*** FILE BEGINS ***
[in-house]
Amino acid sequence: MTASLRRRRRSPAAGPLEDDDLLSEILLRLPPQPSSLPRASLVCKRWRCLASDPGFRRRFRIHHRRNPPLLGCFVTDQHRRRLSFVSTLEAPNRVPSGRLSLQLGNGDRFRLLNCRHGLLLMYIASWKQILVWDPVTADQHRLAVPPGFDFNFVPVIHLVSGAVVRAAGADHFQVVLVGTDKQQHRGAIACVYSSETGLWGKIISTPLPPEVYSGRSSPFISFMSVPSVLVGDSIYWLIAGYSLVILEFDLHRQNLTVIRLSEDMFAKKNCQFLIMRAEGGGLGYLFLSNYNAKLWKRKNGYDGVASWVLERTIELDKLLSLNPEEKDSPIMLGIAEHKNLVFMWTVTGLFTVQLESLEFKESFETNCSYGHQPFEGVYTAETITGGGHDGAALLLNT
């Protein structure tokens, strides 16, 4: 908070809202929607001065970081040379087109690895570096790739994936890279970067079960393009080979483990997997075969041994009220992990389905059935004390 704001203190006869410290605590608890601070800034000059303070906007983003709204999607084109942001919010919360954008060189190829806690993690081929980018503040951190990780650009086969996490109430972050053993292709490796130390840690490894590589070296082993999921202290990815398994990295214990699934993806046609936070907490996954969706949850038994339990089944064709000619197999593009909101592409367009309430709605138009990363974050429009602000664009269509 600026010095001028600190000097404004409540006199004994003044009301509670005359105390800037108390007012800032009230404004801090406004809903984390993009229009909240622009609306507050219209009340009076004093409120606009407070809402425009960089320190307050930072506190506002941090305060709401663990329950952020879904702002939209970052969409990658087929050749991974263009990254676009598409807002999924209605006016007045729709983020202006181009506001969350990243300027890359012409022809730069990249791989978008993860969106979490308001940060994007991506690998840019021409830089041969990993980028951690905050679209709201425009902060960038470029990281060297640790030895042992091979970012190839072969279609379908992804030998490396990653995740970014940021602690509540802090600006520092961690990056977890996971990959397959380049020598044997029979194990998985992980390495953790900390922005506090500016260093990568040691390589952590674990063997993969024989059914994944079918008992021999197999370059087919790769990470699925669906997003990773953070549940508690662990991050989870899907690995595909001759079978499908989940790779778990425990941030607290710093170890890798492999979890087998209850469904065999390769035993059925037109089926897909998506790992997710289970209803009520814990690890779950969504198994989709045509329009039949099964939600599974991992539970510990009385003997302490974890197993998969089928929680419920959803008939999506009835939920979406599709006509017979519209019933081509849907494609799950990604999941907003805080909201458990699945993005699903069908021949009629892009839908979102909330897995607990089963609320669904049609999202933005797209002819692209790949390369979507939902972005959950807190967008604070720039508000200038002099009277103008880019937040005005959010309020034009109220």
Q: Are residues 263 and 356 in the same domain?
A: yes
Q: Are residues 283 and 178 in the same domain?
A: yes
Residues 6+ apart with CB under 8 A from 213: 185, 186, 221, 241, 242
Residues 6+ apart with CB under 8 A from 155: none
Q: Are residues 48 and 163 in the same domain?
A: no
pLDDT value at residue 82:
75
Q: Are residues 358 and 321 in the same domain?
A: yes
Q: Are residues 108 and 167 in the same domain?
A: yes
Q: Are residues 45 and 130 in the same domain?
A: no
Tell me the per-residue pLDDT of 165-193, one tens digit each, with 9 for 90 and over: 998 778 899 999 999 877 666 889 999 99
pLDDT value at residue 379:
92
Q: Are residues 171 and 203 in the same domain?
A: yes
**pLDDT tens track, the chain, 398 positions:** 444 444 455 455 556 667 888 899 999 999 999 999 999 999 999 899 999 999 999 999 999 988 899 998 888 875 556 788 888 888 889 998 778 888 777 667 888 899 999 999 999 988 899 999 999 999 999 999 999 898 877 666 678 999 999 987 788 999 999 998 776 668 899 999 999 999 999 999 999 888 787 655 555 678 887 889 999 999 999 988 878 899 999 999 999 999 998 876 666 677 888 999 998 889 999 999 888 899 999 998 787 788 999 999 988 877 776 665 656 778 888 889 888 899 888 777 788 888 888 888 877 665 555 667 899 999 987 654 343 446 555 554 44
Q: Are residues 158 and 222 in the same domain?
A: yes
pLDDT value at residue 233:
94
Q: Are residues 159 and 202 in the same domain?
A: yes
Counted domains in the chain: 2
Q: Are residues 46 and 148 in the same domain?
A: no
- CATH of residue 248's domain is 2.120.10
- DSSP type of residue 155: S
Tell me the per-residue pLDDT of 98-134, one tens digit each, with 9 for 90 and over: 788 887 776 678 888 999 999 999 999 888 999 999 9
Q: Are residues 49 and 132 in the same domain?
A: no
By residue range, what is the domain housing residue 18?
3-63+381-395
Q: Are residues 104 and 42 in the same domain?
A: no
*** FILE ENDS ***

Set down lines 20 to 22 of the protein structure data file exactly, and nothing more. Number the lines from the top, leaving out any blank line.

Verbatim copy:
Tell me the per-residue pLDDT of 165-193, one tens digit each, with 9 for 90 and over: 998 778 899 999 999 877 666 889 999 99
pLDDT value at residue 379:
92